Views from my hotel room in Indy
Lucas Oil Stadium (where the Colts play)
My room at the Marriott
Another view of my room
When I return, I’ll visit
Fountain near my hotel
The Circle, downtown Indy
Capital Building
life curation · Uncategorized

Wonderful Weeds

Since becoming a homeowner last year, I’ve spent a lot of time getting to know my home and yard. I enjoy the flowers that the previous owner planted, and I find so much pleasure in sitting in my morning room and looking at the woods beyond my backyard, where I can catch glimpses of rabbits, various beautiful birds, and occasionally deer.

Prior to moving here, I assumed that weeds were the bane of most homeowners. After all, weeds were usually unsightly, absorbed nutrients that could have been utilized by prettier plants, and attracted pests. However, my herbalist studies have given me a different perspective on weeds, and I’ve gotten to a point that I love to explore my yard and see if the weeds can be used for medicinal or culinary purposes.

I’m delighted to share that I’ve discovered several weeds that I can use in my herbalist practice! I also have some photos of the weeds that I’m excited to use in the upcoming months.

This weed is mullein. Isn’t it stunning? It can be used to create teas and tinctures that remove mucus from the lungs and gastrointestinal tract. I actually just love the look of it. It is wind-pollinated, so here’s hoping that it’ll bloom and those seeds will create some more plants nearby.

A young mullein plant

This is dog fennel, a weed that closely resembles dill. This weed should only be used externally (it can treat sunburn and can also be used as a mosquito repellent) because it has compounds that are toxic to the liver. Some people hate the smell, while others find it earthy (like pine). I actually enjoy the fragrance. I’m still researching the best way to extract the oils for a liquid repellent, but so far, I haven’t seen anything. I may just experiment a bit and see if I can come up with a good repellent recipe using dog fennel.

A cluster of dog fennel

This very common plant is pokeweed (poke salad/poke sallet). It can be prepared as a cooked green, and, if done well, it’s delicious. My mother gave me a great recipe, and cautioned me that the weed should not be consumed once it starts bearing seeds (when the little berries appear). We had a chance to pick the pokeweed behind my home, and we filled a large garbage bag with the leaves, and there are still so many more plants left. However, we’re done gathering pokeweed for this season: we have plenty!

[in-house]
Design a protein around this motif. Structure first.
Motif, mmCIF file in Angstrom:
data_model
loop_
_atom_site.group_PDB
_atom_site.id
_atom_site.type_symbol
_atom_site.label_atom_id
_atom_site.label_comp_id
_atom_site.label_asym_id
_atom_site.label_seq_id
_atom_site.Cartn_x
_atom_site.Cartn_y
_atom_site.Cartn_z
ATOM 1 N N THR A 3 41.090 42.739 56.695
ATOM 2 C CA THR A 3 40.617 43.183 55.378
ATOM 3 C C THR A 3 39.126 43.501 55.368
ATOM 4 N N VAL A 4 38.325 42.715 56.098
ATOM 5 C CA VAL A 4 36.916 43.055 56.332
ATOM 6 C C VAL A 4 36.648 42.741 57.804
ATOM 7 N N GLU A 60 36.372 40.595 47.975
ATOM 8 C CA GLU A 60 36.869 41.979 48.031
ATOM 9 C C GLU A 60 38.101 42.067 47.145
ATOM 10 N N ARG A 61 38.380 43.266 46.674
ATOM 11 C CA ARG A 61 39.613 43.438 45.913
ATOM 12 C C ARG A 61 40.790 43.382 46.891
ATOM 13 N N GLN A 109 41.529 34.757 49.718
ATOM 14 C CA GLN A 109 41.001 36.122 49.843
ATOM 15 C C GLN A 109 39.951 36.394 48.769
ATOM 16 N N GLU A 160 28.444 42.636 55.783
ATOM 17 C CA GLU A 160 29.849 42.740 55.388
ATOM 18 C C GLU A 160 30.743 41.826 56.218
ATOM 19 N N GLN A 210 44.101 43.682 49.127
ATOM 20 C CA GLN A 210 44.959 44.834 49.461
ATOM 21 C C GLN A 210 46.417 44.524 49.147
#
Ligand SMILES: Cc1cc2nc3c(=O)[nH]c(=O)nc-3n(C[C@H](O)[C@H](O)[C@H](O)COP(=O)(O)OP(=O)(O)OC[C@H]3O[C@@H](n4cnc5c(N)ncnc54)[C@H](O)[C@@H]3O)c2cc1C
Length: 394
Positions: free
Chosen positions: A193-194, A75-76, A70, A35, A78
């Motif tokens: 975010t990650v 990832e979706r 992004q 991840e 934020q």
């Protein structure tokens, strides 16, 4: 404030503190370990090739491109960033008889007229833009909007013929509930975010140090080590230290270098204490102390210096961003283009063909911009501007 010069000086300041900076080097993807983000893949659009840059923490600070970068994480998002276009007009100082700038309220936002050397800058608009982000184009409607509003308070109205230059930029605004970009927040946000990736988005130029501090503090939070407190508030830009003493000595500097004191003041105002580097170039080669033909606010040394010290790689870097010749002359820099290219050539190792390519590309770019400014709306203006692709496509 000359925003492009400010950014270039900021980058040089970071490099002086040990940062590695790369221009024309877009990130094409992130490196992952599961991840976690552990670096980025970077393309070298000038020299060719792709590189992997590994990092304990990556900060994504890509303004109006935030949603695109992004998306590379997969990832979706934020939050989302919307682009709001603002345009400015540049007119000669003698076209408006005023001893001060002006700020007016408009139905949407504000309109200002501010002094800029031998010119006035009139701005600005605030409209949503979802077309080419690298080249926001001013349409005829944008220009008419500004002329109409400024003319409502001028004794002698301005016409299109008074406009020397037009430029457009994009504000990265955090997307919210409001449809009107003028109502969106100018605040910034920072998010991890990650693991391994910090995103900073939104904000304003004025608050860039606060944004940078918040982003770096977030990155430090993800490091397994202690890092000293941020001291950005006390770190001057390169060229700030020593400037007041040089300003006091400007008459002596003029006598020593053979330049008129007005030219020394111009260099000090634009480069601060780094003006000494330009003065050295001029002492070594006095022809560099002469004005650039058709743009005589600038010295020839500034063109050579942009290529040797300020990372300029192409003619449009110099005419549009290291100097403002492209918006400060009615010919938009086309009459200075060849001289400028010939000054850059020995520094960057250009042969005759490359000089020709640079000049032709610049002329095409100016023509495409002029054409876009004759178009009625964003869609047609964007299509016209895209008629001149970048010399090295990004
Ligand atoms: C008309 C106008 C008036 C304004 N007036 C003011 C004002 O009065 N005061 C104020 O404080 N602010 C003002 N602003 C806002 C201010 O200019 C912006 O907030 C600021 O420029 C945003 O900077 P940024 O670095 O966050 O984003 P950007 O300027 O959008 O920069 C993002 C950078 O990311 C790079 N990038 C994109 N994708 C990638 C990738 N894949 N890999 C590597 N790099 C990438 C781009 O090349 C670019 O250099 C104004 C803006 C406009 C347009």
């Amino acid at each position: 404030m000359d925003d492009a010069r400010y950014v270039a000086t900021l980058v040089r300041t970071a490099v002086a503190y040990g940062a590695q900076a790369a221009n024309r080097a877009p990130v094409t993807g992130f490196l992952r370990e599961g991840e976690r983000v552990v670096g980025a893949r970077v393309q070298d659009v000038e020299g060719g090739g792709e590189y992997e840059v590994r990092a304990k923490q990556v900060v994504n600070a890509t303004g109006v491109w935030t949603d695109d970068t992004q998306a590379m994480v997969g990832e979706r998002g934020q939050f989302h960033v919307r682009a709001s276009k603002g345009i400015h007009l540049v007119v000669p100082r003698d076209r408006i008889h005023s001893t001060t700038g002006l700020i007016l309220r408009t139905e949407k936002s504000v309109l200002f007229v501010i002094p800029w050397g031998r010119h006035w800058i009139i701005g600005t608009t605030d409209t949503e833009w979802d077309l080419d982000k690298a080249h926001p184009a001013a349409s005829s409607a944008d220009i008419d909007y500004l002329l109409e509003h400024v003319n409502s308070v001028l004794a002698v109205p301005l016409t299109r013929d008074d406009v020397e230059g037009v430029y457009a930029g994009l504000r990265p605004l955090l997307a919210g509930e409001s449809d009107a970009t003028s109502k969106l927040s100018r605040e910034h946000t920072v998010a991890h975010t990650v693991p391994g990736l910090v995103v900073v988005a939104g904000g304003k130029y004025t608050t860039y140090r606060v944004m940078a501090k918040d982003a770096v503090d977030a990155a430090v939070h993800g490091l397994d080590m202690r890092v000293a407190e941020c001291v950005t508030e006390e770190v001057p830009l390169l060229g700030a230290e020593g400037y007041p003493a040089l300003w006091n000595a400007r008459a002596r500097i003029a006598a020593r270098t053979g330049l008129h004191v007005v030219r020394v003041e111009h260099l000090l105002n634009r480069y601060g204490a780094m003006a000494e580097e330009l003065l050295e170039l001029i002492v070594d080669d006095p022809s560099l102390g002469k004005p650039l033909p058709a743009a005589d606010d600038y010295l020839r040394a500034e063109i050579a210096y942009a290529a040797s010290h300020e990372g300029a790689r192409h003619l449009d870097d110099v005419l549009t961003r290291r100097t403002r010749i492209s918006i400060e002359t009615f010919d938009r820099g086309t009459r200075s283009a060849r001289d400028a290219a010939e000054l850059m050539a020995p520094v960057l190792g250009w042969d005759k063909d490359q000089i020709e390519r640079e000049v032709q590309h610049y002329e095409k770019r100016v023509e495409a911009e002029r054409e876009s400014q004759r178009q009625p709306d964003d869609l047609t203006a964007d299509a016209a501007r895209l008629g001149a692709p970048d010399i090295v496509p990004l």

Pokeweed growing next to my back porch

Finally, you may see a cute little berry looks like a strawberry, but it’s smaller, a bit rounder, and the seeds look a little strange. That is actually a mock strawberry. It’s nontoxic, but it doesn’t have nearly the same level of flavor or sweetness as real strawberries. However, it’s lovely ground cover and is a pretty harmless plant overall, other than the fact that it can take over a yard quickly. I learned that the berries can be eaten (some people enjoy the flavor), and the leaves can be dried and turned into a tea. So I collected a TON of the leaves and started drying them. I’m excited to let you know how the tea turns out.

Closeup of the mock strawberry leaves

So when you start seeing your grass get a little taller than you’d like, perhaps you can take some time to explore and figure out if any of the “weeds” could be useful to you! You may be pleased with what you find.

That’s all for this Tuesday. Have a great day everyone!

life curation

Another New Family Member

Meet Dory, our newest family member!

Blue betta fish are so striking, so we’re excited that he’s now part of our family. He’s so pretty!

That’s all for today (I know, it’s a brief post!). I don’t have any updates from the weekend, but no news is good news, right? I’m glad that things are calm on my end. I hope you all had a relaxing and enjoyable weekend!

Talk to you all tomorrow!

life curation

Hope for a Better Tomorrow

Hello friends. The past week or so has been a tense time in the United States. Many are frustrated, sad, angry, outraged, and ready to see substantive changes. I acknowledge and understand the pain behind the actions that have occurred, and I continue to hold a space of hope and love for all people. No matter who or where you are, please continue to hold HOPE for a better tomorrow. If you can spend a moment just sending your good energy toward the US population, that would mean a lot to me.

Take care, and I’ll talk to you all tomorrow.

life curation

New Goals for 2020

Even before COVID-19 upended our collective plans and intentions for 2020, I knew that I was taking a completely different direction than I had for the past few years.

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Every year, I focus on very tangible goals. My goals could be easily quantified, because I believe in goals being SMART – specific, measurable, attainable, relevant, and time-bound – and I tied my personal value to the achievement of a SMART goal.